Today in Music History: Marvin Gaye releases "What's Going On" (May 21)

May 21, 1971 - Marvin Gaye releases What's Going On

It was a response to personal grief, a statement of independence, and a message for a troubled nation. And it became one of the greatest - maybe THE greatest - soul albums of all time. On May 21, 1971, Marvin Gaye released What’s Going On, and he helped change music forever.

It was 1970, and Gaye had lost his duet partner, the great Tammi Terrell. At the same time, Gaye was a brilliant, developing artist who wanted to write about what he was observing in the world, but who was trapped by the tight restraints imposed by the incredible success of the Motown formula of hitmaking, which fastidiously avoided lyrics of controversy or confrontation.

May 21, 1971 - Marvin Gaye releases What's Going On

It was a response to personal grief, a statement of independence, and a message for a troubled nation. And it became one of the greatest - maybe THE greatest - soul albums of all time. On May 21, 1971, Marvin Gaye released What’s Going On, and he helped change music forever.

It was 1970, and Gaye had lost his duet partner, the great Tammi Terrell. At the same time, Gaye was a brilliant, developing artist who wanted to write about what he was observing in the world, but who was trapped by the tight restraints imposed by the incredible success of the Motown formula of hitmaking, which fastidiously avoided lyrics of controversy or confrontation.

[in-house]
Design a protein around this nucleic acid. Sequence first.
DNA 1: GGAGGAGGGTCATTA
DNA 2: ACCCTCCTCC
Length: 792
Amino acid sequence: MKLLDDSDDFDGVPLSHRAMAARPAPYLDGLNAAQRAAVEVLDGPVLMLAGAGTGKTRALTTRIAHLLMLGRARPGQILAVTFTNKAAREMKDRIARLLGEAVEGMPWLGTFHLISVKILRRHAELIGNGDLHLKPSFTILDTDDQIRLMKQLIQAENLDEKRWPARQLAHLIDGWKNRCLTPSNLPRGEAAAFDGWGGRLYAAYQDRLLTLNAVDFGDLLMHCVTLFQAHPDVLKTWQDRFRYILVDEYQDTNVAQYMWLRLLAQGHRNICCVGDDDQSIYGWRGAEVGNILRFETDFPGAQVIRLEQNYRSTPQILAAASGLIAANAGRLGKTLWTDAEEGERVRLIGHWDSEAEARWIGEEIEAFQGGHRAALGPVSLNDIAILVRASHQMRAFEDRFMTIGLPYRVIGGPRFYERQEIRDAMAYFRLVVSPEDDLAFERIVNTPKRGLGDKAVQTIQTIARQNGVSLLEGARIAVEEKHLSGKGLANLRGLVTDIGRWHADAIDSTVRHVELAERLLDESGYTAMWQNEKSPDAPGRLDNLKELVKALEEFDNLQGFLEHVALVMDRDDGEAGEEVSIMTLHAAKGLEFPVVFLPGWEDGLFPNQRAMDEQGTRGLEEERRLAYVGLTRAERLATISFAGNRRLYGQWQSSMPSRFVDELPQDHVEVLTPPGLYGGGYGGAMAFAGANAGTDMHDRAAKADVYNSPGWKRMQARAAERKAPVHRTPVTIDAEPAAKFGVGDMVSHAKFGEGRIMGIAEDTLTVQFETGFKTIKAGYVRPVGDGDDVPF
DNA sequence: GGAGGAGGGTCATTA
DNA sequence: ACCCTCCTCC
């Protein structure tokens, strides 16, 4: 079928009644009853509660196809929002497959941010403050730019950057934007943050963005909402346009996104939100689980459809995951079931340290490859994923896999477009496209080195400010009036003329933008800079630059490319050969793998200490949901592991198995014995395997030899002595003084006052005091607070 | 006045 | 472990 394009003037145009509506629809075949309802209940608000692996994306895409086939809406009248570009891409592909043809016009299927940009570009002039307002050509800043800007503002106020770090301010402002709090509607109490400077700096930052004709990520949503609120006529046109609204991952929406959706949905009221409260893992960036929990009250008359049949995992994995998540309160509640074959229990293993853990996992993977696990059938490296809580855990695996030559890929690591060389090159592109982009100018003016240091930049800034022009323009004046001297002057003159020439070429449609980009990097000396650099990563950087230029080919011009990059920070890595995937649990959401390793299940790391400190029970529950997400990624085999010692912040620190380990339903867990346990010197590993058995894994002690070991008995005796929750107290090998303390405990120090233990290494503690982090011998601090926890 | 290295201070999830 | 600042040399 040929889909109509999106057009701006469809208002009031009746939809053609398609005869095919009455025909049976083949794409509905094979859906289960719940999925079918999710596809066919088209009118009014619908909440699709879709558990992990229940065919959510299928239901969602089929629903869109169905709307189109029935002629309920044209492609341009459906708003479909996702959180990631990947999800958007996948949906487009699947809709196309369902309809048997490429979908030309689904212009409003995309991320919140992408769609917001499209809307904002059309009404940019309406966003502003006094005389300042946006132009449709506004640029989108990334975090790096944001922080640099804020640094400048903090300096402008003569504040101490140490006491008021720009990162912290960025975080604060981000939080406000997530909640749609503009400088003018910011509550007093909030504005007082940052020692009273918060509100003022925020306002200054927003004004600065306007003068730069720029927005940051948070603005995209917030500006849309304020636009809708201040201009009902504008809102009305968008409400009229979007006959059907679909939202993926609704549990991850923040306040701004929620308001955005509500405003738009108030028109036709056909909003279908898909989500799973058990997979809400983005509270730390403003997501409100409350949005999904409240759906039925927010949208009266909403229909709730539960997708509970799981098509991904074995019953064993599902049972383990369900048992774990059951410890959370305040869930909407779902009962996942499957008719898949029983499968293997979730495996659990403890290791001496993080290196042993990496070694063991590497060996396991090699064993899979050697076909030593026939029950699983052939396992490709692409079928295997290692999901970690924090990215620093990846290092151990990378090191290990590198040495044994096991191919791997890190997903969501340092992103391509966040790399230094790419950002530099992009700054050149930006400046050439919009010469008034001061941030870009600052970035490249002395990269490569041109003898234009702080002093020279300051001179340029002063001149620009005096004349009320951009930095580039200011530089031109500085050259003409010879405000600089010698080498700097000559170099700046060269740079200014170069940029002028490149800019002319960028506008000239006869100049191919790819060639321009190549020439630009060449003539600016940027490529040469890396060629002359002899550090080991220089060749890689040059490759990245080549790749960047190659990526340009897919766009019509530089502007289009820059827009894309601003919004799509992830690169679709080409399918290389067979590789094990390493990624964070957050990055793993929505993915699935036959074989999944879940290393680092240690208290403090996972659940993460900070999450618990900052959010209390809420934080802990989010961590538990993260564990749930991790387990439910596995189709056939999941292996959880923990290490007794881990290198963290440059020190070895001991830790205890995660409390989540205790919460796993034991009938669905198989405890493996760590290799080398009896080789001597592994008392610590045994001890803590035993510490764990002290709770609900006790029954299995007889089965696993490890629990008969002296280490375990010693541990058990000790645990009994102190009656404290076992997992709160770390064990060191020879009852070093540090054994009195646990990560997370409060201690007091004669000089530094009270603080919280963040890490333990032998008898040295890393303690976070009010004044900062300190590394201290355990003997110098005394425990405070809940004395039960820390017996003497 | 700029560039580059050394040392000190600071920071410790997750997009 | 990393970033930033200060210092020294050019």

Marvin Gaye was a poet watching the country around him, a nation seemingly tearing apart by a war in Vietnam (where his brother served); being reshaped by the emergence of a rebellious baby boomer generation and new social mores; and beginning to address an undercurrent of racial strife that had often been kept under a lid by means of violence.

Out of all that came an album – reluctantly approved by Berry Gordy - that went headlong into the issues of the day, from the war, to race relations, to problems facing inner city youth. It was not an in-your-face album of loud protest, but rather an album of honest observation that preached love and faith, even as it soothed with incredible melodies and production that still sounds fresh today. It opened the door for other songs that addressed the problems of the world, from the next generation of Motown stars all the way to hip-hop of the 1990s and beyond.

Many consider What’s Going On the greatest soul album of all-time, and they’ll get no argument from me. It is perfect from start to finish. And at a time now that, by cruel irony, is one where our world is divided by issues of war, racial strife, and justice, it is a musical collection that resonates as loudly as it did in 1971.

By Chris Rizik

 

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